Harry Redknapp is charged with keeping Birmingham from slipping to England's League One.
Harry Redknapp, one of English soccer's most charismatic coaches, was back in management at age 70 on Tuesday when he was hired by relegation-threatened second-tier team Birmingham.
Redknapp's last managerial role in England was at Queens Park Rangers, which he quit in February 2015 because he was about to undergo knee replacement surgery. He has since worked as an adviser at second-tier Derby and as coach of Jordan for two games.
Redknapp replaced Gianfranco Zola, the former Italy forward who resigned on Monday with Birmingham just three points above the League Championship relegation zone with three games remaining.
Redknapp said he has agreed to be Birmingham's coach until the end of the season, adding on British radio station TalkSport: ''If I can keep them up, then we can sit down and talk about going forward.''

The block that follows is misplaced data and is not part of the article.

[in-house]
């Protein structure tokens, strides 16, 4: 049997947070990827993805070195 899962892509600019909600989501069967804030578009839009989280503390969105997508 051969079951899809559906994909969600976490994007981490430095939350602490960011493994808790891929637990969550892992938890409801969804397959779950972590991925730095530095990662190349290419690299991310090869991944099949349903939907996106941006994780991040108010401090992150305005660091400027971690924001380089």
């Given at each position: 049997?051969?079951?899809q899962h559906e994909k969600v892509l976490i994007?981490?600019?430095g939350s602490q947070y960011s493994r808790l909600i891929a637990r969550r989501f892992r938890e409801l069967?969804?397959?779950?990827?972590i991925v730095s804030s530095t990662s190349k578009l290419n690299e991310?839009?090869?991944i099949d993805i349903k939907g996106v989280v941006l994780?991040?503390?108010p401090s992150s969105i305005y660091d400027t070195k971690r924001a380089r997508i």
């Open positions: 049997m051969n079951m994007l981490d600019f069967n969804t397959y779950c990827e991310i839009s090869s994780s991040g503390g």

Birmingham was last in the Premier League in 2011, the same year it won the English League Cup. Redknapp has previously earned promotion to the top flight with Portsmouth and QPR.
His first game in charge of the central English club will be at local rival Aston Villa on Sunday.
Redknapp, known for giving interviews through his car window and for his nous in the transfer market, was once trumpeted as a potential England manager because of his impressive spell at Tottenham, which he led into the Champions League in 2010.
''I got fed up sitting around doing nothing,'' Redknapp said about his decision to get back into soccer.
''I got a phone call last night from the people at Birmingham. I drove to London, had a meeting for 10 to 15 minutes, sat down and said, `Yeah, I will do it, no problem.' I got home and my wife said: `Are you mad?'''
Birmingham was three points and one place off the League Championship's playoff positions in December when the club fired manager Gary Rowett and replaced him with Zola, apparently wanting a higher-profile coach.
Under Zola, Birmingham won just two of 24 games.
''I am sorry because I came to Birmingham with huge expectations,'' Zola said. ''It is not that I like quitting, but Birmingham deserves better.''